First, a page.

Messy management - Several state entities operating with acting heads
A number of state entities have been operating without permanent appointments in several senior positions in what has been described by president of the Private Sector Organisation of Jamaica (PSOJ) Howard Mitchell as "contemptuous of the principles of good governance".
Responding to questions from The Sunday Gleaner, Mitchell said that the issue is one the PSOJ has taken note of, and the practice should be addressed immediately.
"That's inefficiency. It doesn't make for good planning, it doesn't make for secure confident management, and it certainly can't be good for morale.
"We find it to be contemptuous of the principles of good governance, and we would call on the Government and the ministers involved to rectify these situations immediately," said Mitchell.
The PSOJ head argued that in every successful business, there is succession planning, which allows it to run efficiently, and government entities should be no different.
"You have a number of strikes against that kind of behaviour. One, you don't have anybody in the position, and it means that there's a lack of leadership. Two, if you have somebody in the position who is acting for these long periods of time, that person can't be confident," argued Mitchell.
COULD NOT BE GOOD
President of the Jamaica Civil Service Association O'Neil Grant agrees with Mitchell that the acting appointments were messy and could not be good for any organisation.
According to Grant, the unions negotiated with the Government that no individual should be in an acting position for an extended time, and if the individual was, the person should be assessed with a view to the person filling the position.
"They are actually breaching the Public Service Regulations and the Staff Orders by having the extended acting without justification because in order for the acting to go beyond six months, they must justify why it is they are recommending that the person continue to act.
"In the fifth month of employment, the individual is supposed to be assessed, so that by the sixth month, they should be appointed," Grant told The Sunday Gleaner.
He argued that the persons who are in acting positions are in a precarious state as they are in a situation where there is no agreement for their employment except the verbal one that was given.
Among the entities that have been operating for some time with persons acting in senior posts are the Jamaica Cultural Development Commission (JCDC), the South East Regional Health Authority (SERHA), the Western Regional Health Authority (WRHA), and the already reported Jamaica Fire Brigade.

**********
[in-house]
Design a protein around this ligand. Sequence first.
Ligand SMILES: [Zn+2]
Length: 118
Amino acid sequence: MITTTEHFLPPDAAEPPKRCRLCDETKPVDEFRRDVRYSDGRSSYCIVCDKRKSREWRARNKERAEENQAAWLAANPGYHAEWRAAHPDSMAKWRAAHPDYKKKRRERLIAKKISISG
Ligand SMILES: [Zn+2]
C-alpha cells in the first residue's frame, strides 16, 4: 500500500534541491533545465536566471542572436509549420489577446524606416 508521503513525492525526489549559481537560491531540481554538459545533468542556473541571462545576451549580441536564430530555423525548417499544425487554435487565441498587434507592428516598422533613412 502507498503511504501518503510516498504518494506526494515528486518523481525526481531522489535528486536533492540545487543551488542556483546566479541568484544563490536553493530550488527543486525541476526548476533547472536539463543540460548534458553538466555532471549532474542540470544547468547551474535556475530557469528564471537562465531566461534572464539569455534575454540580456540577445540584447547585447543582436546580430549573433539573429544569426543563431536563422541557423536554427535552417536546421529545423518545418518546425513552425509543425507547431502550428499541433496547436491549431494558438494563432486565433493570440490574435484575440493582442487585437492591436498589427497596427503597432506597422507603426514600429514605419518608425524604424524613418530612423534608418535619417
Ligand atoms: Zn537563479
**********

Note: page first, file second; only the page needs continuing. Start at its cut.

The Ministry of Finance and the Public Service operated with Darlene Morrison acting as the financial secretary for 14 months, but late last week, Finance Minister Dr Nigel Clarke tweeted that she had been appointed to the post.
According to the Staff Orders for the Public Service, if the post is vacant and the candidate has met all the requirements of the position, any temporary appointment should not normally exceed six months, while acting appointments should be for a specified period.
But at the JCDC, the executive director position has been vacant for the past 18 months, with Orville Hill serving as interim executive director.
Hill told The Sunday Gleaner that the position was made vacant by the sudden passing of the former executive director, Dr Delroy Gordon, and a permanent appointment was yet to be made.
The JCDC is also short of a director of finance. That post has been vacant for just over a year.
SERHA and WRHA are in a similar situation as the CEO position for the Kingston Public Hospital and the Victoria Jubilee Hospital has been vacant since Errol Green was assigned to act as the regional director for the Western Regional Health Authority in April.
Staff Orders for the Public Service
1.4.1 Temporary Appointment
In instances where the appointment is to a position which is on the Public Service Establishment, is clearly vacant, and the candidate has met all the requirements of the position, the temporary appointment should not normally exceed six months.
1.9.2 Acting Appointments
i) An acting assignment is an appointment for a specified period wherein an individual in one position is required to perform the duties of another position at a higher level.
ii) An acting appointment does not confer an automatic right of permanent appointment to the position.
iii) Opportunities for acting assignments should be managed in such a manner that they do not result in an unfair advantage to anyone in any subsequent competitive process.